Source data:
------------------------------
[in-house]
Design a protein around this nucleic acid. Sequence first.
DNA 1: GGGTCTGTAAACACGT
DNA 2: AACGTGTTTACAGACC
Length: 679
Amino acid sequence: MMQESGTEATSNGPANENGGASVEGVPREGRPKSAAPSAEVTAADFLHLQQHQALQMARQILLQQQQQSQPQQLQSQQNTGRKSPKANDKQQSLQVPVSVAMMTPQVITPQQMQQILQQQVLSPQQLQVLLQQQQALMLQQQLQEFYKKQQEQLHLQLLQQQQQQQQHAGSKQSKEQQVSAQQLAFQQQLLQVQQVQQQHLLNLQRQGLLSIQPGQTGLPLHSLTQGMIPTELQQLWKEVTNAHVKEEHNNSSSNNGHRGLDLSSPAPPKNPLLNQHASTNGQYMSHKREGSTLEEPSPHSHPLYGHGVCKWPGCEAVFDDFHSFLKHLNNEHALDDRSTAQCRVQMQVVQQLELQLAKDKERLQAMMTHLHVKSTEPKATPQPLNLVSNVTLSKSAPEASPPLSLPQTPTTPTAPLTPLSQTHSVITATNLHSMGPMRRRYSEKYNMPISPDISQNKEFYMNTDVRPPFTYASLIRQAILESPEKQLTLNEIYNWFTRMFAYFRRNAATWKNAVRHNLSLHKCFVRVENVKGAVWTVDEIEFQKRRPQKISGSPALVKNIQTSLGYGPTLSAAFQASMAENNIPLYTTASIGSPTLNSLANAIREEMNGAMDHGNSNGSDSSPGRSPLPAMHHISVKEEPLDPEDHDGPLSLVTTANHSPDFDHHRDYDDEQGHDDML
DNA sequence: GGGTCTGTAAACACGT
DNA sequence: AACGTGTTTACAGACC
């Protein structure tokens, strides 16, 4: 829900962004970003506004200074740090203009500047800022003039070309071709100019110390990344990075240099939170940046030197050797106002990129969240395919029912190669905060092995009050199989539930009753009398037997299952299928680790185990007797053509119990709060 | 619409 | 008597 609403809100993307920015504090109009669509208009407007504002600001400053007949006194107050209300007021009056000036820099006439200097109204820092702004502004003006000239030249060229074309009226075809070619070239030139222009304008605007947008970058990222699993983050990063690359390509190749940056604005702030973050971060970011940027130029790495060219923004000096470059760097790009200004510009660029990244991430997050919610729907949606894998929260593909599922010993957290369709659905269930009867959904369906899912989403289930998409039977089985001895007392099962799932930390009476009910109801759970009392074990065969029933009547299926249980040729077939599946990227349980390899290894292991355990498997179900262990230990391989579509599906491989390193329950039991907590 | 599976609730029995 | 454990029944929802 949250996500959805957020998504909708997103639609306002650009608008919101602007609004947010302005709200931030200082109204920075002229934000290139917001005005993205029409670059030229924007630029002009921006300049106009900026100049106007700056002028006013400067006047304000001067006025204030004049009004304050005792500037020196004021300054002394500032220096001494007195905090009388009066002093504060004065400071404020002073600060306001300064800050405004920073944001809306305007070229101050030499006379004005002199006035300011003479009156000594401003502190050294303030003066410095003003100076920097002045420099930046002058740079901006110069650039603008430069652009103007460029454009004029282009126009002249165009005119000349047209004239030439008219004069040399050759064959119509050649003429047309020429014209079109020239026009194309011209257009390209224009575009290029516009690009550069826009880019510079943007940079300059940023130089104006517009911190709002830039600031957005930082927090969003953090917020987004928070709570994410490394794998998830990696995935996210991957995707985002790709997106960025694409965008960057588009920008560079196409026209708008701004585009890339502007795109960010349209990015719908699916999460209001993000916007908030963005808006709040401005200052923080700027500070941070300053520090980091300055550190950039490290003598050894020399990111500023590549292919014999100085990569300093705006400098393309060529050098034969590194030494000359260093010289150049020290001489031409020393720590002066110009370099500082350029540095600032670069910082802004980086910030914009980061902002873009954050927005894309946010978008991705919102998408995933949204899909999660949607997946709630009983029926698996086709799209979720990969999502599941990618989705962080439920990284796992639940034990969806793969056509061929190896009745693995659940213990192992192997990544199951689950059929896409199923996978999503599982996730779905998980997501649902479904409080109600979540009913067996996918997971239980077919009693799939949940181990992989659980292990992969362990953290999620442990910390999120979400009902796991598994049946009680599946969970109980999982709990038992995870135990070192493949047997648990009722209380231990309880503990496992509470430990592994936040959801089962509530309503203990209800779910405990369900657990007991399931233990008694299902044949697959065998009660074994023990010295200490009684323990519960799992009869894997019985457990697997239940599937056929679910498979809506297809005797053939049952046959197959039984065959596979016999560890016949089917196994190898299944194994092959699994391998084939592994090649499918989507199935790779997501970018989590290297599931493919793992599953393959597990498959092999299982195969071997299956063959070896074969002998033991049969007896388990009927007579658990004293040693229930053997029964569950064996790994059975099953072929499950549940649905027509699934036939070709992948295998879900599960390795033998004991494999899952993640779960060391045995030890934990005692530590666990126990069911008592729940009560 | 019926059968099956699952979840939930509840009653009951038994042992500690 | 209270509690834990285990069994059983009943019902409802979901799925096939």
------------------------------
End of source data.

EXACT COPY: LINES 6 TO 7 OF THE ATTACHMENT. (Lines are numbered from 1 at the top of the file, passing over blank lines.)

Amino acid sequence: MMQESGTEATSNGPANENGGASVEGVPREGRPKSAAPSAEVTAADFLHLQQHQALQMARQILLQQQQQSQPQQLQSQQNTGRKSPKANDKQQSLQVPVSVAMMTPQVITPQQMQQILQQQVLSPQQLQVLLQQQQALMLQQQLQEFYKKQQEQLHLQLLQQQQQQQQHAGSKQSKEQQVSAQQLAFQQQLLQVQQVQQQHLLNLQRQGLLSIQPGQTGLPLHSLTQGMIPTELQQLWKEVTNAHVKEEHNNSSSNNGHRGLDLSSPAPPKNPLLNQHASTNGQYMSHKREGSTLEEPSPHSHPLYGHGVCKWPGCEAVFDDFHSFLKHLNNEHALDDRSTAQCRVQMQVVQQLELQLAKDKERLQAMMTHLHVKSTEPKATPQPLNLVSNVTLSKSAPEASPPLSLPQTPTTPTAPLTPLSQTHSVITATNLHSMGPMRRRYSEKYNMPISPDISQNKEFYMNTDVRPPFTYASLIRQAILESPEKQLTLNEIYNWFTRMFAYFRRNAATWKNAVRHNLSLHKCFVRVENVKGAVWTVDEIEFQKRRPQKISGSPALVKNIQTSLGYGPTLSAAFQASMAENNIPLYTTASIGSPTLNSLANAIREEMNGAMDHGNSNGSDSSPGRSPLPAMHHISVKEEPLDPEDHDGPLSLVTTANHSPDFDHHRDYDDEQGHDDML
DNA sequence: GGGTCTGTAAACACGT